Damocles syndrome: what it is and what are its symptoms

Throughout history, many fables and stories have served as inspiration to give context to certain mental phenomena in psychological jargon.

Damocles syndrome, for example, Comes from a story typical of classical Greek culture in which a young and courteous flatterer is punished by his master, Dionysius II.

In this article, we’ll learn what this story is about, as well as its psychological background and why it served as the inspiration for the syndrome that bears its name.

    What is Damocles syndrome?

    this syndrome it bears its name thanks to a fable of ancient Greek culture. Let’s see what this fable consists of.

    Damocles was a young courtier, most flattering to his master, the tyrant Dionysus II, who was ruler of Syracuse between 367 and 357 BC. And again that would still be between 346-344 to. vs.

    On one occasion, Dionysius decides to punish his faithful servant, teaching him a lesson because of his exaggerated devotion to him. The tyrant offers Damocles to change seats during a meal, And in this way, he gives up his privileged place at the table with all the attentions, as if Damocles were the same absolute master of the place.

    The courtier enjoyed her time eating, drinking and enjoying the personal attentions of local women.

    At the end of the meal, Damocles looks up and notices that there is an extremely sharp sword attached to the ceiling, On his head, only for a fine thread of horsehair.

    The realization of this situation took away all his desire to continue eating, and he never wanted to receive the “privilege” of sitting in this place again.

    From this story is that the aforementioned Damocles syndrome was born, coining the term as a reference to the dangers that can arise when we least imagine it, or when everything seems to be going just fine.

    Psychological context of the myth

    From the field of psychology, this term has been adopted as a metaphor for the ‘ state of anxiety that some patients experience after overcoming a certain illness.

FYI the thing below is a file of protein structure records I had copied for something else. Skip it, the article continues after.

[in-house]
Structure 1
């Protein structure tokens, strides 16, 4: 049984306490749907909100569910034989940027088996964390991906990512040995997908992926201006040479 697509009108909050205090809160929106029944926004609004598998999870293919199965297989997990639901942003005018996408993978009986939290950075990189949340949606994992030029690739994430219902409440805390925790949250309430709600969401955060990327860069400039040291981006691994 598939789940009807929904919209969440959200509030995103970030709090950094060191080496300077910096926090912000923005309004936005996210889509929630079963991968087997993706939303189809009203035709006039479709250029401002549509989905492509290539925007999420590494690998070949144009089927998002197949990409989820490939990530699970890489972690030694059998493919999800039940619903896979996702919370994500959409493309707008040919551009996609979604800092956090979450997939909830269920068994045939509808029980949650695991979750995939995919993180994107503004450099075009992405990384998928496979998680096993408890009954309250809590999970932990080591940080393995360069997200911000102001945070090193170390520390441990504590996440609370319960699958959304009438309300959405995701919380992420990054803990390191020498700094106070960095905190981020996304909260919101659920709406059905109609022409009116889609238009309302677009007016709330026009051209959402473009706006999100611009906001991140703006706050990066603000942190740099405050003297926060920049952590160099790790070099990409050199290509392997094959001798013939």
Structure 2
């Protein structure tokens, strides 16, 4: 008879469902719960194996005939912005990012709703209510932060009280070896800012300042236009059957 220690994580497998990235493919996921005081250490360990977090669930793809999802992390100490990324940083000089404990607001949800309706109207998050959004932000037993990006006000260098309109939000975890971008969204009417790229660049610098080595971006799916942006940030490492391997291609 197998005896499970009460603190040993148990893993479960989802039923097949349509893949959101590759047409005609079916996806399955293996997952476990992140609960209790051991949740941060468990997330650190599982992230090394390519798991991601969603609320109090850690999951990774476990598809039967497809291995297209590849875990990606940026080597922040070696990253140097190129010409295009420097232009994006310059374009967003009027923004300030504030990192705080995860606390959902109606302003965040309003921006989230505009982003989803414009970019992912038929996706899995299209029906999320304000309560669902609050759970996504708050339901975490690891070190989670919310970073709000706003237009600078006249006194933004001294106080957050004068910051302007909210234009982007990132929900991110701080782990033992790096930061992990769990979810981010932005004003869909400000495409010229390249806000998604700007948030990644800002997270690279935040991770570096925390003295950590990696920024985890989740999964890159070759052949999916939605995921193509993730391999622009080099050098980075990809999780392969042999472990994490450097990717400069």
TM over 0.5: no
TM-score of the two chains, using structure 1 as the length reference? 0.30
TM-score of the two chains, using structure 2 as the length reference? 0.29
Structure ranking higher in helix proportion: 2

In general, this syndrome usually occurs very often in cancer patients who manage to overcome it in a seemingly successful way. It is common for them to be excited and overwhelmed with an indescribable sense of satisfaction after hearing the news.

    But after a while an irrational worry about a possible relapse begins to ariseThey begin to fear that at any time, when you least expect it, cancer will once again be present in their lives, falling on them like the sword hanging over Damocles’ head.

    Thus, from the first moment when these intrusive thoughts enter the subject’s life, a test begins for them, in the sense that already his calm is largely compromised by the fear and anguish of a relapse.


    It is natural that after overcoming a complicated disease, such as cancer, by following the thread of the previous example, patients feel a little worried about the continuity of their health.

    Therefore, to determine that a person has this syndrome must meet the following criteria:

    • Fear of relapse it must be irrational and very intense.
    • Subject exhibits high levels of anxiety prior to performing routine exams.
    • Anxiety begins sometime after receiving medical leave.
    • Presence of intrusive and catastrophic thoughts.

    It is important to note that the subject’s anxious behavior must be intense and widespread for a significant period of timeOtherwise, it could be due to a particular situation and not to Damocles syndrome.

    In any case, Damocles syndrome is not an officially recognized clinical category in psychiatric textbooks.

    what to do in this situation?

    Since this syndrome is primarily based on states of intense anxiety and distress caused by catastrophic intrusive thoughts, treatment is divided into psychotherapy sessions for the patient and counseling for relatives.

    In the case of the patient, the process is based on making him understand his real situation, that he is a survivor and that this should be a reason for joy and motivation to have a full life.

    He tries to keep the subject in the here and now, Prevent your thoughts from going faster than the reality you are experiencing right now. Psychotherapy based on cognitive-behavioral methods is effective during the sessions.

    In the case of relatives, the process consists of psycho-educate them so that they do not play a counter-productive role in the life of the subject in question; it often happens that, out of ignorance, the family acts incorrectly and can become extremely protective of the person, making them even more anxious.

    And sometimes the opposite happens: since they think he has fully recovered, they think it is better to remove him from the whole environment of hospitals and doctors.

    None of these postures is correct, the ideal is to follow exactly what is indicated by the specialists, to attend a consultation during the routine examinations and not to make decisions based on personal convictions.

    Bibliographical references:

    • Baker, K. (1987). Encyclopedia of Benet’s Re.ader.

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